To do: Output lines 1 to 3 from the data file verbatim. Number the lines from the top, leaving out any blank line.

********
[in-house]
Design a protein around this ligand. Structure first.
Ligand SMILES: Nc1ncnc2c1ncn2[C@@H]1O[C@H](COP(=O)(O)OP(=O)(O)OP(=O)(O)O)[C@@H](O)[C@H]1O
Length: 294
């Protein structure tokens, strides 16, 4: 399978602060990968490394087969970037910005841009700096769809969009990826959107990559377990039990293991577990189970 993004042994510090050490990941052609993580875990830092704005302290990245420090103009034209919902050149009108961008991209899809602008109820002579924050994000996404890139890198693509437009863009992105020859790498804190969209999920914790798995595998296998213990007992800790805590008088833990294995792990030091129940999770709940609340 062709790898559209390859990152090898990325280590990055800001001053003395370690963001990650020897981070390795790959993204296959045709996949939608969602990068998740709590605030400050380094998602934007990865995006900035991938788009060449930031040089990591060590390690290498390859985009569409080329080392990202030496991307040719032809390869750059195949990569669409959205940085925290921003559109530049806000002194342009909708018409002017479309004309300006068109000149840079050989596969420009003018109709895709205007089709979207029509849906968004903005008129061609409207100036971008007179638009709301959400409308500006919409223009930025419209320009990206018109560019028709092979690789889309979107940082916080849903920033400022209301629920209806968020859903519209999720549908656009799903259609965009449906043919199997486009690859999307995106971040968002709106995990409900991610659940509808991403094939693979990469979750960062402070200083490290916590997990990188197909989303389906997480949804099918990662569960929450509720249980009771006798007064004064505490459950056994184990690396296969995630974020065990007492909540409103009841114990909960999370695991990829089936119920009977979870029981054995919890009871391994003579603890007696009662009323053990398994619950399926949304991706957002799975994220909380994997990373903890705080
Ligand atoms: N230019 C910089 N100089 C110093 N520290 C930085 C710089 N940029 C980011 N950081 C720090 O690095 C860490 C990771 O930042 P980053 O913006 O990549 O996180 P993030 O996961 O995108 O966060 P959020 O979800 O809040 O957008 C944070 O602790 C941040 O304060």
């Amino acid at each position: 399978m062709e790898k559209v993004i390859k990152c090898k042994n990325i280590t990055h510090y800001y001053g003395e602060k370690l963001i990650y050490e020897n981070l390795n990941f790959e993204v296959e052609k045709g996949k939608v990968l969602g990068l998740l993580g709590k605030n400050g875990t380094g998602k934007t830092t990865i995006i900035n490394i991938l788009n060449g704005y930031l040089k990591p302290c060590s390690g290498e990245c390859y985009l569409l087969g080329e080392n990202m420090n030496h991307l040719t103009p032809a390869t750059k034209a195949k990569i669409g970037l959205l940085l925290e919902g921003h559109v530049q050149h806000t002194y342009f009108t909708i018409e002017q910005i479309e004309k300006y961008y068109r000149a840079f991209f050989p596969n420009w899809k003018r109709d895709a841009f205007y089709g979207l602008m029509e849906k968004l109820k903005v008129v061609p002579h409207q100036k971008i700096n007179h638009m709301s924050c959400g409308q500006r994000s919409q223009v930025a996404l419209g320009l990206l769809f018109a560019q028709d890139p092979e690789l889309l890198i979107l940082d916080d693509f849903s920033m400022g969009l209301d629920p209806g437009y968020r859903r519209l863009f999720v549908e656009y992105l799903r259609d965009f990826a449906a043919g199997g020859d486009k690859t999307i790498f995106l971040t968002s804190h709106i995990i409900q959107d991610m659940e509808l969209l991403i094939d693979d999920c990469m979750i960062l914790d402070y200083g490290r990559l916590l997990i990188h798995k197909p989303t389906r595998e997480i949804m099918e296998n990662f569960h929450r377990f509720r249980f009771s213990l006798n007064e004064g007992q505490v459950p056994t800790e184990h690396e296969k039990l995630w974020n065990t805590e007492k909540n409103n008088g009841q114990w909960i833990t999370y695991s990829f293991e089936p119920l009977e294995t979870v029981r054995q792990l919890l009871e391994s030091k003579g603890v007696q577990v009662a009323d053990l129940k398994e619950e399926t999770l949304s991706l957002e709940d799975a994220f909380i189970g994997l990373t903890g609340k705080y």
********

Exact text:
[in-house]
Design a protein around this ligand. Structure first.
Ligand SMILES: Nc1ncnc2c1ncn2[C@@H]1O[C@H](COP(=O)(O)OP(=O)(O)OP(=O)(O)O)[C@@H](O)[C@H]1O